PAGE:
Courtney Senini knew something was amiss when aides started dashing in and out of the classroom, passing messages to the admirals and generals who taught her leadership seminar at the U.S. Naval Academy.

Finally, one of the aides stood before the room of seniors and in a big, puffy voice, said the words that would change their lives: "Ladies and gentlemen, the United States is under attack."

The room fell silent.

An attack on American soil seemed inconceivable when Senini and her classmates entered the academy in 1998. It was a time of relative peace and prosperity, and U.S. pre-eminence felt unassailable, almost permanent. Many of the midshipmen expected to "five-and-dive," meaning they would serve the required five years in the Navy and then use the prestige of their academy degrees to land lucrative jobs on Wall Street or at major corporations.

But on that morning of Sept. 11, 2001, as airplanes felled skyscrapers in New York and others slammed into the Pentagon and crashed into a Pennsylvania field, the stakes changed for the Class of 2002.

"If there's one day in my entire life that sticks out, that's it," Senini says. "It shaped what I did in the military and who I wanted to be afterward. It was absolutely the pivotal thing that shaped us."

Maybe the realization didn't set in right away, but it didn't take long for the midshipmen to grasp that in eight months, they would graduate into a more dangerous, uncertain world.

"There was a lot of emotion," Senini recalls 10 years later. "I compare it to Pearl Harbor, but this wasn't an island in the Pacific; it was our nation's capital and New York. It was painful and daunting and frightening to all of us. But at the same time, we were fricking excited to be a small part of going up against the people who attacked us."

In the years since, Senini and her classmates have fought wars in Iraq and Afghanistan. They have survived roadside bombs in Fallujah, briefed members of Congress on counterterrorism strategies and forged intimate bonds with Afghan civilians. They have seen inky night skies illuminated only by Tomahawk missiles and gorgeous green valleys where danger lurked behind every rock. Three have been killed in training and one in action. Another lost both of his legs in battle. Another won a Silver Star for valor in combat.

All of it began on that strange September morning when they learned that enemies wanted to kill them on their home ground.

Class President Josh Welle has collected essays from dozens of 2002 graduates describing where naval service took them. He hopes that, combined into a book, the essays will offer a glimpse of how a generation grappled with its sternest test.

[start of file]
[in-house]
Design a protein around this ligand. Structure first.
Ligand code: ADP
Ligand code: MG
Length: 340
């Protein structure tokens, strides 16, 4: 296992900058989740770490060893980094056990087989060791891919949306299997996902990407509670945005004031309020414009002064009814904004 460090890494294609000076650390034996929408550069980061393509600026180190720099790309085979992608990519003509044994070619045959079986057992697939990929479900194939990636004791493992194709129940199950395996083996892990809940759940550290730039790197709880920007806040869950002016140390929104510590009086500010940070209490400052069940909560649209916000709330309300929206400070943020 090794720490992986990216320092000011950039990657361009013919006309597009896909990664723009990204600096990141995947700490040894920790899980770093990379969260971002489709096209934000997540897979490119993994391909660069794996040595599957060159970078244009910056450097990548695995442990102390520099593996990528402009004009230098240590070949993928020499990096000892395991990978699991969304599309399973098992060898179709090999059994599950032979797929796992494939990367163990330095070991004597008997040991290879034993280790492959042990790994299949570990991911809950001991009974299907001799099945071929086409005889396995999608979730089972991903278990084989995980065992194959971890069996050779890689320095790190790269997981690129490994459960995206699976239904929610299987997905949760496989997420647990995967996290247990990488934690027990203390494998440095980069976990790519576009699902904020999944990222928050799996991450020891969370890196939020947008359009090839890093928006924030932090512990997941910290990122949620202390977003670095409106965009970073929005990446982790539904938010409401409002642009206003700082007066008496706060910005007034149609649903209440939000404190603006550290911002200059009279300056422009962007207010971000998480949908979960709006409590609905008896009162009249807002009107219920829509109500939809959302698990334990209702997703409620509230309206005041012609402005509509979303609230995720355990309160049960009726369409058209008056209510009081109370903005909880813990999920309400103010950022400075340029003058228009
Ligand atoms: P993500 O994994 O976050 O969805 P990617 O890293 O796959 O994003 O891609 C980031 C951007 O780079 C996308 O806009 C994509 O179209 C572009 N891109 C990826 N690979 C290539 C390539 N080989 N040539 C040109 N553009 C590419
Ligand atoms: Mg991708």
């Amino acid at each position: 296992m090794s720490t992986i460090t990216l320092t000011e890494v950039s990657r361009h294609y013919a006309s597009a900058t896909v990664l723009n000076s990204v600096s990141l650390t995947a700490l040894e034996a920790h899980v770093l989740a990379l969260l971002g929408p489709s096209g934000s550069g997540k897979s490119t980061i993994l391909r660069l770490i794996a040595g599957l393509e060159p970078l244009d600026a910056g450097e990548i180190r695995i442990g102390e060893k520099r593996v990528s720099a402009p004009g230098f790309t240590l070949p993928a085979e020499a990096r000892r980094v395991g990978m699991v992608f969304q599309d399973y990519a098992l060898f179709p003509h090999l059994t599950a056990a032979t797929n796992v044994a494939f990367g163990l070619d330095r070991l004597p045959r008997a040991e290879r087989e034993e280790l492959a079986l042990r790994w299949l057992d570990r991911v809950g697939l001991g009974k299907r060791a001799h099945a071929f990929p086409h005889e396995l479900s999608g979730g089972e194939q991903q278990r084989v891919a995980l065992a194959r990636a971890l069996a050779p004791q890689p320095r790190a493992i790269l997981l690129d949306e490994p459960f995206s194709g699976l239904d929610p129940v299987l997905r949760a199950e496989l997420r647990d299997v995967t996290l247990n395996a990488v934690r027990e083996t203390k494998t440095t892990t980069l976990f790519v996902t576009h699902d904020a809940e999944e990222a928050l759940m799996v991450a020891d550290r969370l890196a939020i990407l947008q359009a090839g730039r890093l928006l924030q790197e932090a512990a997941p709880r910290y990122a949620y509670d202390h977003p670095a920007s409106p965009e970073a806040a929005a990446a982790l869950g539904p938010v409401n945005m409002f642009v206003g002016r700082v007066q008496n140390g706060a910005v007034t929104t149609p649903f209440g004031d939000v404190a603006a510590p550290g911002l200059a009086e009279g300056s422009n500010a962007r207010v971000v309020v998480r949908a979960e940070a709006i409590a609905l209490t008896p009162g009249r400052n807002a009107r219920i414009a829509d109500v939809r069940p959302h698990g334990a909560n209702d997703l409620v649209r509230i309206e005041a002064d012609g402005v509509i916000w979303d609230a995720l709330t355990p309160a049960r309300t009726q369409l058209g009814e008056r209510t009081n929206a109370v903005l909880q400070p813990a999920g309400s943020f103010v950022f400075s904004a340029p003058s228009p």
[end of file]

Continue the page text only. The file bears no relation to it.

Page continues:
"My generation didn't have a compass or a reference point," Welle says. "We had 'Top Gun.' But after 9/11, we found something, a purpose. It's this idea of the long war. We're not trying to be Tom Brokaw's greatest generation. But my classmates have sacrificed their youth, just trying to be this selfless generation that stands the watch during the long war."

The prospect of any war, much less a long one, was an abstraction for members of the Class of 2002 when they showed up in Annapolis as plebes. Many were like Travis Bode, the son of an oral surgeon who grew up in a posh section of Phoenix, Ariz. Weaned on "Top Gun" and "The Hunt for Red October," Bode saw the academy as a springboard to adventure and success.

"There was no war on the horizon," he remembers. "It was, 'Hey, this is a great school. You spend a couple of years doing something fun, you make great connections and then you go into business.' There was no thought to war at all."

Bode had a rare chance to sleep in on Sept. 11. He was on his way to the bathroom about 9:30 a.m. when he saw classmates in the lounge watching television as the World Trade Center collapsed. Within hours, Marines had set up a defensive perimeter around the academy, which seemed a potential target. A battle cruiser appeared offshore.

"It was like, 'Whoa, this is getting serious real quickly,'" Bode says. "It was a total mind shift."

Seth Lynn, a Marine from Westchester, N.Y., remembers sitting around a table with classmates that evening, saying, "Our lives have just profoundly changed. This is what we're going to be doing with our careers."

Welle recalls how locked-down the academy felt, with outside calisthenics canceled and guard watches doubled and tripled. Senior year was supposed to be a time to breathe out. The "firsties" could finally park their cars on campus and hit the town on weeknights. But any looseness vanished overnight.

Workouts became opportunities to harden the body for combat. Class sessions turned into practical discussions of how to respond proportionately to the attacks.